usually doesn’t influence the concentration of anions in water.
During the studies anion exchange resin AV-17-8 was used in Cl--form and SO42--form with bed
volume 20-50 ml. Exploring the properties of modified ion exchanger water solutions were
infiltrated through the resin bed at a flow rate from 1-5 to 20-50 ml/min. The sample’s volume
ranged from 100 ml to 2 l. The samples were analyzed for outlet DO content, sulfites, sulfates,
chlorides, hydro carbonates, and chlorates content. During deoxygenation process samples were
collected in the measuring flask fully filled with water. The water was supplied to the bottom of the
flask through the thin pipe with water ousting. It prevented samples from ingress of atmospheric
oxygen.
For assessment of reducing ability of redox ion exchange resin test solutions were used: tap water
(Total hardness=4.0-5.1 meq/l, Alkalinity=3.9-5.0 meq/l, [Cl-]=50-62 mg/l; [SO42-]=17-20 mg/l),
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Tamazashvili, Gomelya Removal of dissolved oxygen from water using the sulphite form ……..
sodium chloride solutions in tap water ([Cl-]=70-1500 mg/l), sodium chlorate solutions in tap water
([ClO3-]=100-300 meq/l).
To evaluate reducing ability of redox ion exchange resin under static conditions sodium chloride
solutions at a volume of 500 ml ([ClO3-]=20-150 meq/l) were added to 10 ml of the anion exchange
resin.
DO in samples was determined by Winkler’s titrimetric method.
RESULTS AND DISCUSSION
Exchange capacity of ion exchange resin for sulfite ions in dynamic conditions ranged from 0.4-1.2
eq/l when using 5% solution of sodium sulfite to 1.7-2.1 eq/l when using 10% solution.
Reducing ability of obtained redox ion exchanger for DO was investigated in dynamic conditions
using tap water. According to the Figure 1 reducing ability of anion exchanger rises with the
increase in exchange capacity for sulfites. However, even in tap water that has relatively low
content of irrelevant ions ([Cl-]=62 mg/l, [SO42-]=20 mg/l, [HCO3-]=3.9 mg/l) reducing ability run
up to 63.4% of theoretically possible with exchange capacity for SO32-=1,83 eq/l and 74.8% with
exchange capacity for SO32-=0.642 eq/l.
10
С O2, mg/l
9
8
7
6
1
5
2
4
3
3
2
1
0
0
10
20
30
40
50
60
70
80L
V,
Figure 1. Dependence of outlet DO concentration on the volume of the tap water (1, 2) or sodium
chloride solution in tap water ([Cl-]= 956 mg/l) (3) infiltrated through the anion exchanger AV-17-8
in SO32--form (V=50 ml) at the inlet DO concentration 9.24 mg/l (1), 8.08 mg/l (2), 9.50 mg/l (3)
with exchange capacity for sulfites 1.83 eq/l (1), 0.642 eq/l (2), 1.99 eq/l (3) (Reducing
ability1=1.16 eq/l; Reducing ability2=0.48 eq/l; Reducing ability1=0.53 eq/l)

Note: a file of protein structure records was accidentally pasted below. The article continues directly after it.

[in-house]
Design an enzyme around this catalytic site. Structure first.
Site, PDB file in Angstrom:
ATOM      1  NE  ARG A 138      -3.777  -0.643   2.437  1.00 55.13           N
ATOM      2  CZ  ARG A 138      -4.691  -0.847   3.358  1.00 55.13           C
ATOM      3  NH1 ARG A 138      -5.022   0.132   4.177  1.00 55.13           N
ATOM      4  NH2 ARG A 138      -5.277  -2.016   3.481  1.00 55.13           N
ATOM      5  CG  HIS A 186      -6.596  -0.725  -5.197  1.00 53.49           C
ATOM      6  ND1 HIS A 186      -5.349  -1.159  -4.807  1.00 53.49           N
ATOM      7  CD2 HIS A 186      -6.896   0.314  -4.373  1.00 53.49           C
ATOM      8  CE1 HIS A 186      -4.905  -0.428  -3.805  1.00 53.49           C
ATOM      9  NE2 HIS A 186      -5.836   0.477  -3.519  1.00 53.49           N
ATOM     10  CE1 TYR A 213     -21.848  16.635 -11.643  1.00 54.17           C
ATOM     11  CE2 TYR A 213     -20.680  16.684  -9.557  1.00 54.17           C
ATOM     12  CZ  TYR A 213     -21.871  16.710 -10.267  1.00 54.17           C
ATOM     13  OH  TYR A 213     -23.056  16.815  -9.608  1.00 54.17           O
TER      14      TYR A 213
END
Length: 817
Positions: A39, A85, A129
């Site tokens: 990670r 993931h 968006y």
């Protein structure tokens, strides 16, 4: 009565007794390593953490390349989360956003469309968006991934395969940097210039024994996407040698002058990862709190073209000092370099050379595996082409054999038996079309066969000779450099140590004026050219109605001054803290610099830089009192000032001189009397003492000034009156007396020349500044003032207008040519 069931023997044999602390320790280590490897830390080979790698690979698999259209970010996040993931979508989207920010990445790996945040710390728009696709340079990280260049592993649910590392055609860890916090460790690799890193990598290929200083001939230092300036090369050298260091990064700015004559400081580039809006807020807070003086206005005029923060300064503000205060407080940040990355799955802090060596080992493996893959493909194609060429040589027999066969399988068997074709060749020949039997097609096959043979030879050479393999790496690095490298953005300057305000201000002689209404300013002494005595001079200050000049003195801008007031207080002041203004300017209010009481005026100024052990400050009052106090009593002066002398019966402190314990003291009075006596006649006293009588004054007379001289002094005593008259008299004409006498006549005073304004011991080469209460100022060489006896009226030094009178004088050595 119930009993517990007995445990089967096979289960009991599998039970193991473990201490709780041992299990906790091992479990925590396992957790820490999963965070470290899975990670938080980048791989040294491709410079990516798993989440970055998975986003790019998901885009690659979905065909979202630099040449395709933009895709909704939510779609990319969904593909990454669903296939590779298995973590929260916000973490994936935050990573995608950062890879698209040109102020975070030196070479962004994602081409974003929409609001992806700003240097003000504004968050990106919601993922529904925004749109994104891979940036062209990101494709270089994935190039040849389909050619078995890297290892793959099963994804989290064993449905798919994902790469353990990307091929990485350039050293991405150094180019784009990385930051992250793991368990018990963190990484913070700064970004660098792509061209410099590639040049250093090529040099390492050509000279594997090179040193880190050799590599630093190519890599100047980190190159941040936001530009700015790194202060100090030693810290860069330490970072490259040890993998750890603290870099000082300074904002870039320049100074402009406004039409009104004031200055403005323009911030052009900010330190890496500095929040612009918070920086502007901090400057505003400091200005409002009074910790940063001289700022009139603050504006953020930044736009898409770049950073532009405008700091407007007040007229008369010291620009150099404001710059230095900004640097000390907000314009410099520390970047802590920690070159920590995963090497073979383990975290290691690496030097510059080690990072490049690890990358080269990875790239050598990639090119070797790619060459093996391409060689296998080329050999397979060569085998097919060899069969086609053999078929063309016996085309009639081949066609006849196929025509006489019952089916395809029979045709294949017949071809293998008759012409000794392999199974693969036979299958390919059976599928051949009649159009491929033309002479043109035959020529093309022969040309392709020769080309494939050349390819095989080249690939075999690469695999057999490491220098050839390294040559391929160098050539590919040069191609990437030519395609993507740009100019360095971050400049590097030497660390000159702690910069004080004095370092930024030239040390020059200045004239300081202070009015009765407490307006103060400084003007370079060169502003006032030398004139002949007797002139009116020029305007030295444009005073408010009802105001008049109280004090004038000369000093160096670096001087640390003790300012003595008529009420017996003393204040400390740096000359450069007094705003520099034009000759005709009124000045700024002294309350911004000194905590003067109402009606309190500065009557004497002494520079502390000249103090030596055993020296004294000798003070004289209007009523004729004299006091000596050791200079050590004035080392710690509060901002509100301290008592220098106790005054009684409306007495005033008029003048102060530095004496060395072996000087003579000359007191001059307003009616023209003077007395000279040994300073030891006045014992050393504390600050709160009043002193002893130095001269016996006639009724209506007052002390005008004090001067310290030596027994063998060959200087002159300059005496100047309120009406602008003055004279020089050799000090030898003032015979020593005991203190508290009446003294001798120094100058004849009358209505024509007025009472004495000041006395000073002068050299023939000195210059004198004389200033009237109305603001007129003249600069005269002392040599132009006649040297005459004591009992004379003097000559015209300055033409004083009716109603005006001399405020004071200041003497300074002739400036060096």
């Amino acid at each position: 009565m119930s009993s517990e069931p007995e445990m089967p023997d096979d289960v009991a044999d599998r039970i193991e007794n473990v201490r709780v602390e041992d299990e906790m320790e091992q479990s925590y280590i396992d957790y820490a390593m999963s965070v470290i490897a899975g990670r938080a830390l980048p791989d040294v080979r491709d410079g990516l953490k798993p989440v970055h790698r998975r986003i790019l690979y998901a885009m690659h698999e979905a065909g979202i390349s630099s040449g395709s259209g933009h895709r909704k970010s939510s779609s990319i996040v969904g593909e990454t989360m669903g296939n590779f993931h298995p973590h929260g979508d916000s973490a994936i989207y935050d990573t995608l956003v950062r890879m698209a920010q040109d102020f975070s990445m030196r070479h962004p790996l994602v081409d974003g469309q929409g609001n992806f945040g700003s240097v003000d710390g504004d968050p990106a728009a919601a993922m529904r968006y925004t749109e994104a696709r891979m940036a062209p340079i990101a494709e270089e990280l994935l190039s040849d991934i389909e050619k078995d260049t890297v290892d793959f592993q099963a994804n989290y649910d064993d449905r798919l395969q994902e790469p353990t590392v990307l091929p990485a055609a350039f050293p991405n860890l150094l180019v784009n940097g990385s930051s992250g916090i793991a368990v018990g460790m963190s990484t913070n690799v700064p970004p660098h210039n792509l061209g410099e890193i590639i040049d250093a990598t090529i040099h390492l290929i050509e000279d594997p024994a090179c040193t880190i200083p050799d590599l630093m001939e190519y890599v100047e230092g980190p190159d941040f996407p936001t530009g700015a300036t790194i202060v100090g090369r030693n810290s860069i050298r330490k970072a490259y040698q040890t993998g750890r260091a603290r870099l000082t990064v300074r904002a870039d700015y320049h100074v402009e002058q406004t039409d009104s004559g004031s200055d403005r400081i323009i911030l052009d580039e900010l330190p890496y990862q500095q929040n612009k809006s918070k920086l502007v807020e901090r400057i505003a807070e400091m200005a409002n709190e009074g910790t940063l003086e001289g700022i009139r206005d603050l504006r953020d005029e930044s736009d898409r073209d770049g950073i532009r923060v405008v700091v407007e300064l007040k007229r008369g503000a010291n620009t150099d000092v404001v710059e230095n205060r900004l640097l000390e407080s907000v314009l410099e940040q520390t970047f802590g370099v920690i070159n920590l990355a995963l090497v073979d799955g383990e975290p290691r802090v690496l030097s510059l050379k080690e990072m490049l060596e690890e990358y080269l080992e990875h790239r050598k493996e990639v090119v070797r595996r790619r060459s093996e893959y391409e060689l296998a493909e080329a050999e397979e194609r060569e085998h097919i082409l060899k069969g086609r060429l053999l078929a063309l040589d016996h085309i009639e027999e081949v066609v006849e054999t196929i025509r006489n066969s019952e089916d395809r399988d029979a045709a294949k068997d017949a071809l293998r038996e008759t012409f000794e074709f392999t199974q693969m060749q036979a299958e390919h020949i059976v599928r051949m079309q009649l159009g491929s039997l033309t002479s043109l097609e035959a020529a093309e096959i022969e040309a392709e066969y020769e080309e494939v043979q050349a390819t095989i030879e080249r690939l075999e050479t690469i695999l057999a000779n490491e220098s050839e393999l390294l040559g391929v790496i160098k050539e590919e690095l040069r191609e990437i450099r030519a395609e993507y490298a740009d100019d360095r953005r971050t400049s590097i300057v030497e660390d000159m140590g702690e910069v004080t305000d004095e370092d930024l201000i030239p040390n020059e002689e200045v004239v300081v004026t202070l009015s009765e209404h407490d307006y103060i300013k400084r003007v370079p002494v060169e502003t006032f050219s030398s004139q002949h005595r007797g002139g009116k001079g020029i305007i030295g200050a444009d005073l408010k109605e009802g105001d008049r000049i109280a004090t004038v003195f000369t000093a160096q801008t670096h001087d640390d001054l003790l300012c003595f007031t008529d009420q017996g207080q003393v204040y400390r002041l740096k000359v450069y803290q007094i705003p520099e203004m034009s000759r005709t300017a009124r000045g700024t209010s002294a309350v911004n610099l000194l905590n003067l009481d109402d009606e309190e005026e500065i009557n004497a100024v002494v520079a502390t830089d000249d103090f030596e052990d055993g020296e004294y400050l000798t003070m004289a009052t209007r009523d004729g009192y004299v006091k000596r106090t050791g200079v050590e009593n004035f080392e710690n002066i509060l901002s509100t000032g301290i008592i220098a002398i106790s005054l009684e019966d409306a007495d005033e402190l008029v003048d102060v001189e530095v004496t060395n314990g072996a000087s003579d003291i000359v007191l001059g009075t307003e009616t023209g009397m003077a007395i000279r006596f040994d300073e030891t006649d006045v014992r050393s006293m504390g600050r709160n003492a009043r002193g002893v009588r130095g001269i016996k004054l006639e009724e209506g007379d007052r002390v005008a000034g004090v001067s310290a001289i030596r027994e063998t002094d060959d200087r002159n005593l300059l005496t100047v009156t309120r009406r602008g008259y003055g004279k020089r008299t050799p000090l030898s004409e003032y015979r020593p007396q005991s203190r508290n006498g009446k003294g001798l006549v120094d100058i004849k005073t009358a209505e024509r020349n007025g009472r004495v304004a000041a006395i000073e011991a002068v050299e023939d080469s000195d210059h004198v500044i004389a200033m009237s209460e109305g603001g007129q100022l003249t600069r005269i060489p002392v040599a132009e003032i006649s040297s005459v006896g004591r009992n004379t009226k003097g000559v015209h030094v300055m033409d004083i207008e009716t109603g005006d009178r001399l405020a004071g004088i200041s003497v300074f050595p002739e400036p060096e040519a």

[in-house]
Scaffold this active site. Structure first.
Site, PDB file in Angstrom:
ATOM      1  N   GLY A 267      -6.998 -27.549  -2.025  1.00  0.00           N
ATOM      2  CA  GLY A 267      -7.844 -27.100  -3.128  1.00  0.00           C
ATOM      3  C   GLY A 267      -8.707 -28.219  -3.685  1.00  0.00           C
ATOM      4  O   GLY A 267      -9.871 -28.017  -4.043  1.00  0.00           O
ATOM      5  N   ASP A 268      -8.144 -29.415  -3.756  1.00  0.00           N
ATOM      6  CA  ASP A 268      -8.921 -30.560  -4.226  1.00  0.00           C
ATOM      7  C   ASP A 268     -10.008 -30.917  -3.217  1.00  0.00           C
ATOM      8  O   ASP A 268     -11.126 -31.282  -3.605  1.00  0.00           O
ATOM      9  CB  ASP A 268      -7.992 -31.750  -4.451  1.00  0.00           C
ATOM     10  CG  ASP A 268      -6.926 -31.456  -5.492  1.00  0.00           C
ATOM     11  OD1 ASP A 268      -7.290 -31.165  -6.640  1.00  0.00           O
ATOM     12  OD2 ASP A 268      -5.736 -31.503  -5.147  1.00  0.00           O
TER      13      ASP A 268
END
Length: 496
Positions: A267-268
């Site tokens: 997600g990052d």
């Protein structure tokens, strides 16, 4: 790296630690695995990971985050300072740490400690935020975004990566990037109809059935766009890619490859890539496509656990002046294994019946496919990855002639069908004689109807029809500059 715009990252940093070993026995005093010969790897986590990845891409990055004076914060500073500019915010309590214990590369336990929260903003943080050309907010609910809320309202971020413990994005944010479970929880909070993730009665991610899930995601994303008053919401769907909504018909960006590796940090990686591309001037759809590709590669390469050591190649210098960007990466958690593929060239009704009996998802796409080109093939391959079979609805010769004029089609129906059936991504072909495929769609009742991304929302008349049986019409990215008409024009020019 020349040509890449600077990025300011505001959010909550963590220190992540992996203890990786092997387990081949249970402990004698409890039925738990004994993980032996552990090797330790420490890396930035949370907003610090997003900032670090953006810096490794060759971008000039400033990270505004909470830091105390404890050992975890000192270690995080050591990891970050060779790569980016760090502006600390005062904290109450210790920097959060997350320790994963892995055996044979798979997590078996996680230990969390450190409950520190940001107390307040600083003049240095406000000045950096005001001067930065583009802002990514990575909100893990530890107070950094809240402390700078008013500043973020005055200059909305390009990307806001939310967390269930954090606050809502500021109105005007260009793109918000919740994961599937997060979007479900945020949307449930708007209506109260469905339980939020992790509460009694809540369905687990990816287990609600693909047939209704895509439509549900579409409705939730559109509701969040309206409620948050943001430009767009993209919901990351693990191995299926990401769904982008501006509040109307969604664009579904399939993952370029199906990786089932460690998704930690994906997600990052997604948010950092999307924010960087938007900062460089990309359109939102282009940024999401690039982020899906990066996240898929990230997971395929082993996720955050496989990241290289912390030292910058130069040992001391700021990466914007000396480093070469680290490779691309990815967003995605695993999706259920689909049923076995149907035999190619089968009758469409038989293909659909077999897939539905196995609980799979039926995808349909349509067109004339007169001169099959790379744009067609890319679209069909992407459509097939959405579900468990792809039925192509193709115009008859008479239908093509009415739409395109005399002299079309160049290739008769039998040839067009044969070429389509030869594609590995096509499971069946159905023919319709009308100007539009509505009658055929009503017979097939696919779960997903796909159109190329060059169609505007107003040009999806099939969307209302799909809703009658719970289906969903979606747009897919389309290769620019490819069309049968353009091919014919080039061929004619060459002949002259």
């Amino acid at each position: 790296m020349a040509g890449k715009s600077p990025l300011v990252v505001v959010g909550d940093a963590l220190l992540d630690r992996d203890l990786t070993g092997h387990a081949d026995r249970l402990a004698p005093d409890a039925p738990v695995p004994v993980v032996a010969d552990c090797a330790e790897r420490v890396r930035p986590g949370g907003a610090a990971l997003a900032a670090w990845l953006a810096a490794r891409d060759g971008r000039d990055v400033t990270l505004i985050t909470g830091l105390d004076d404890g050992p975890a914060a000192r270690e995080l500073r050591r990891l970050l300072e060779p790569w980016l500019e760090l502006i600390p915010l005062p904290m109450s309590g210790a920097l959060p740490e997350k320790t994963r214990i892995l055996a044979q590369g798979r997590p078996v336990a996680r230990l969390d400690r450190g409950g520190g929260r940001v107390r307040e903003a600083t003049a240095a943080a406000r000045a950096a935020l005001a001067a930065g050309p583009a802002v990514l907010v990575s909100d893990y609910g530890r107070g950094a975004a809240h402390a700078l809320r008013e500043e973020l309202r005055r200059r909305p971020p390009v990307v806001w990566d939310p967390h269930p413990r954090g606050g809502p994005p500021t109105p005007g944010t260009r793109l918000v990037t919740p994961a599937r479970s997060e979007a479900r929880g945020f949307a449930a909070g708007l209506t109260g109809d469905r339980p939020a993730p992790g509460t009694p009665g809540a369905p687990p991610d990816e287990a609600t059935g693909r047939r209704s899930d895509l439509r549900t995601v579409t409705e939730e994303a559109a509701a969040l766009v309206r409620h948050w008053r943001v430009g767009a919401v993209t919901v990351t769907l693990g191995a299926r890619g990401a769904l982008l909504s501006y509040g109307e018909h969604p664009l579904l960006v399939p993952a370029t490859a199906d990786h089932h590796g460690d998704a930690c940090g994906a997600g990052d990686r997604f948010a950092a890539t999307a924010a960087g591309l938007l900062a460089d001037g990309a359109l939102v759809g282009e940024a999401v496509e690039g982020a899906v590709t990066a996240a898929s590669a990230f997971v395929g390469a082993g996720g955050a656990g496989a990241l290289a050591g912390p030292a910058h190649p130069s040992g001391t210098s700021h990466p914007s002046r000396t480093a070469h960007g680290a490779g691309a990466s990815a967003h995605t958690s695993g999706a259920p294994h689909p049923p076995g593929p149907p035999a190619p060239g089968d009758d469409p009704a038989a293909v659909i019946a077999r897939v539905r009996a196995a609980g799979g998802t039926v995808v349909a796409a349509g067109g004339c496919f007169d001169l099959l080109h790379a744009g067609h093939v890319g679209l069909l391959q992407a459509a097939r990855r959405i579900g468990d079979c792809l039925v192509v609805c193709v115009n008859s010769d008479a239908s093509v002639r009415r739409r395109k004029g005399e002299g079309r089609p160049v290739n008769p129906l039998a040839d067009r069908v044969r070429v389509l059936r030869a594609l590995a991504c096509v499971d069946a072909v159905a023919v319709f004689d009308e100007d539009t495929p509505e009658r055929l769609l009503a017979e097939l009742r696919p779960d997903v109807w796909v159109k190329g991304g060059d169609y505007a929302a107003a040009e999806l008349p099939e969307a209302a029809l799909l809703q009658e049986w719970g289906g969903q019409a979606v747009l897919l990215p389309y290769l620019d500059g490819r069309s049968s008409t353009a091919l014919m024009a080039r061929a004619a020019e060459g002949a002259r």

For a solution of sodium chloride in tap water at a concentration of chlorides 956 mg/l reducing
ability appeared to be 0.53 eq/l with the capacity for SO32-=1.99 eq/l. Thus, it reached only 26.6%
of theoretically possible.
As for the two first mentioned cases we can talk about random oxidation of sulfites on the anion
exchanger with atmospheric oxygen (although the process was carried out using reliable rubber
seals, water was fed to the bottom of the volumetric flask with a narrow neck, with a constant
displacement of water from a volumetric flask), in the third case, there is a negative effect of
chlorides, which obviously cause desorption of the sulfite from anion exchanger.
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Tamazashvili, Gomelya Removal of dissolved oxygen from water using the sulphite form ……..
The quantity of displaced sulfite ions is significantly higher than the concentration of DO in the
water, causing a significant reduction in the time of protective action of anion exchanger (decrease
in reducing ability).
In this connection it was interesting to determine the effect of chlorides concentration on the
efficiency of their sorption on the anion AV-17-8 in SO32--form. Also, desorption of sulfite was a
question of importance. Since the low concentrations of sulfites in water because of sulfite
oxidation by atmospheric oxygen the results of their concentration determination are significantly
understated. Therefore the control was mainly carried out by chlorides concentration using ion
meter I-160 MI.
Figures 2 and 3 illustrate the dependence of outlet concentration of chlorides and sulfites on the
flow volume of sodium chloride solutions. As can be seen in figure 4 the increase in the
concentration of chlorides from 453 to 955 mg/l leads to the rise in exchange capacity of anion
exchanger for chlorides from 0.790 to 1.458 eq/l. At the chlorides’ concentration of 110 mg/l
exchange capacity decreases to 0.33 eq/l while chlorides at the concentration of 70 mg/l almost
don’t sorb on the anion exchange resin and don’t displace sulfite anions.
С SO352-, meq/l
1200
С Cl-, mg/l
4,5
1000
4
3,5
800
600
400
200
3
2,5
4
2
5
1,5
6
1
7
0
0
1
2
3
4
5
6
7
2
3
0,5
0
1
8
8L
V,
Figure 2. Dependence of the outlet concentration of chloride (1, 2, 3, 4) and sulfite anions (5, 6, 7,
8) on the volume of the sodium chloride solutions with concentration of 453(1, 5), 709 (2, 6), 824
(3 , 7) and 956 (4, 8) mg/l infiltrated through anion exchange resin AV-17-8 (V = 20 ml) in the
SO32--form with exchange capacity for sulfites 2.06 (1, 5), 1.78 (2, 5), 1.83 (3, 7) and 1.99 meq/l
(4, 8) (Capacity for Cl-1 = 0.790 eq/l, Capacity for Cl-2= 1.15 eq/l, Capacity for Cl-3= 1.312 eq/l,
Capacity for Cl-4=1.458 eq/l).
Concerning the results decrease in the reducing ability of modified anion exchanger in sodium